Back in December I talked about changes in anesthesia protocols, emphasizing how new research and technology allows us to evolve and adapt to make procedures safer. Yesterday I discussed one monitoring parameter, and unexpectedly started a bit of a debate on the usefulness of electrocardiograms (ECGs). Since I believe that open and honest debate is how we learn from each other, I thought that I'd clarify the things that I feel are essential to safe anesthetic events. Personally I don't think that general anesthesia should be performed without the following things, and I know that my views mirror those of anesthesia specialists.
Pre-Anesthesia Blood Tests
Just because a pet looks healthy on the outside doesn't mean that everything is normal. Low-grade anemia can be a sign of other problems and won't be obvious on a physical exam. Early liver and kidney disorders also can't be detected on an exam, but could be found with simple blood tests. If these tests aren't performed, there are many problems that can be missed and could lead to problems with the safety of anesthesia.
As much as we don't want them to, things can wrong during anesthesia. If this happens, the quickest way to put corrective drugs into the system is through the veins. When a pet is "crashing", seconds matter and you don't want to have to struggle to put in a catheter. If one is already in place you can have a better chance of saving a pet if anything adverse ever happens.
Intravenous fluids during surgery aren't about correcting dehydration. They are about maintaining blood pressure and circulation. When you anesthetize a pet it affects their cardiovascular system which can cause blood pressure to lower and can affect perfusion (how much blood ends up into tissues). When you have fluids entering the veins you can help keep pressure and circulation at appropriate levels.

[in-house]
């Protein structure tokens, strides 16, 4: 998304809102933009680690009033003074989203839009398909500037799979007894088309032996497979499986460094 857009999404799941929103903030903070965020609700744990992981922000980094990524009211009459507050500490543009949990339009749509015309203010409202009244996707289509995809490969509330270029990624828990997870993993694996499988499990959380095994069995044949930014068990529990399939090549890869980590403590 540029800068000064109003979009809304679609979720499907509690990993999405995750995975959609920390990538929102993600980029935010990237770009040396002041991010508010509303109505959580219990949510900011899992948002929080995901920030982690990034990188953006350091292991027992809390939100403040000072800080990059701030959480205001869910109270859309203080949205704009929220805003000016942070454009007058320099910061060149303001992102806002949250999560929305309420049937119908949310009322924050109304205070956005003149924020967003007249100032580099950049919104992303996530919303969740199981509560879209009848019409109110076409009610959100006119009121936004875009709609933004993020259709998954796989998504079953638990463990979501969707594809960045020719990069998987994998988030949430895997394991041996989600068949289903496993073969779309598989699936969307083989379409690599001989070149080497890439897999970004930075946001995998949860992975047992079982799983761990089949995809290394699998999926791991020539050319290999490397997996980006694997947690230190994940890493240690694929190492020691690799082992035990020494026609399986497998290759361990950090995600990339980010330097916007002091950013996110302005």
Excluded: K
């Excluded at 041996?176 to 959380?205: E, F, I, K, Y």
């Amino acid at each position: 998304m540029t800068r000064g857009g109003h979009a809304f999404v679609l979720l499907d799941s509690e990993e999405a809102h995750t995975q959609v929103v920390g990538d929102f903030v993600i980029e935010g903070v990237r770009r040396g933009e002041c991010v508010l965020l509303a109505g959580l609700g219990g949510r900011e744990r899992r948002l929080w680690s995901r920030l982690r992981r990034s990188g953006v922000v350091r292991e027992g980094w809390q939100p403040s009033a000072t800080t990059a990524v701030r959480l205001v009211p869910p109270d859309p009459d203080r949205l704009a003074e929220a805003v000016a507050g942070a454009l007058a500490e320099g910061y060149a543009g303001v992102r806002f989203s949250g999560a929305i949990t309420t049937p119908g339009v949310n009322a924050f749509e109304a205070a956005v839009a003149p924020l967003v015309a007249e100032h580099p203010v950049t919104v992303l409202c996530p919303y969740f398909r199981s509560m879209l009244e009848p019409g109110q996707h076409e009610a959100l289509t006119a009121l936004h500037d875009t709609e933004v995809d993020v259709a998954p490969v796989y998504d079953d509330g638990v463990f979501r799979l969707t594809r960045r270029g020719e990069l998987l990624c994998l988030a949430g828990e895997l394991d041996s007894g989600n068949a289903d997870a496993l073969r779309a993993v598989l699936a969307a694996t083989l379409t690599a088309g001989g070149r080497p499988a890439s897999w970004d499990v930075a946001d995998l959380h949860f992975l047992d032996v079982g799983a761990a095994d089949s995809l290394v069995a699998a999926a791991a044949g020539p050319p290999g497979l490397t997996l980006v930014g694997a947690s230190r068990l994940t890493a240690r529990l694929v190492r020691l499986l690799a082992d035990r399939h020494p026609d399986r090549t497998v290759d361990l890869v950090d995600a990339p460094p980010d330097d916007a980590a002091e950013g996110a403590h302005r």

Despite the debate after yesterday's entry, I feel that this is an important and essential part of monitoring. There are patterns on the ECG that can indicate problems with the function of the heart that you can't detect any other way. Simply put I feel that no anesthesia should be performed without this.
This piece of equipment measures the oxygen content of the blood. Obviously this is very important because even if you have adequate fluid volume and blood cells, if they aren't carrying oxygen through the body you could have a critical state. Low blood oxygen can lead to permanent tissue damage, including the brain. Honestly, though, this is the piece of equipment I would be willing to live without. I have had problems with pulse oximeters not reading properly even if the patient was otherwise normal. At the same time, if there is a documented decrease in blood oxygen, you need to intervene right away.
There are several ways to measure this and I'm not going to debate one method versus another. If blood pressure drops too much it can affect how much blood reaches tissues as well as how well the heart pumps. Conversely a case of hypertension can lead to a different set of problems, or even indicate an abnormality with the kidneys.
Monitoring equipment is great and can tell us things that our eyes, ears, and hands can't detect. But they can't replace a skilled technician watching the patient. No computer or electronic device can have better judgment than someone standing there keeping track of the patient's vitals. I have my staff record information from the above monitors every five minutes. But I also train them that this doesn't take the place of listening to the heart with a stethoscope, feeling the pulse with their fingers, and looking at the color of the gums. Equipment can fail, malfunction, or misread, so as important as the are, the SINGLE MOST important part of anesthesia monitoring is an actual person watching the patient.
My colleagues who read this entry will surely have their own strong opinions. I also deliberately have avoided getting too deep into the science of anesthesia monitoring since I don't want to write a textbook on the subject and I have many readers who aren't medical professionals. I want to present this subject in a way that everyone can understand the discussion.
The important take-home message is that anesthesia is a very serious procedure with lots of potential for things going wrong and leading to death. The best way to avoid problems is to be watching the patient's vital signs in several different ways so that if an abnormality is noted something can be done quickly to correct the problem.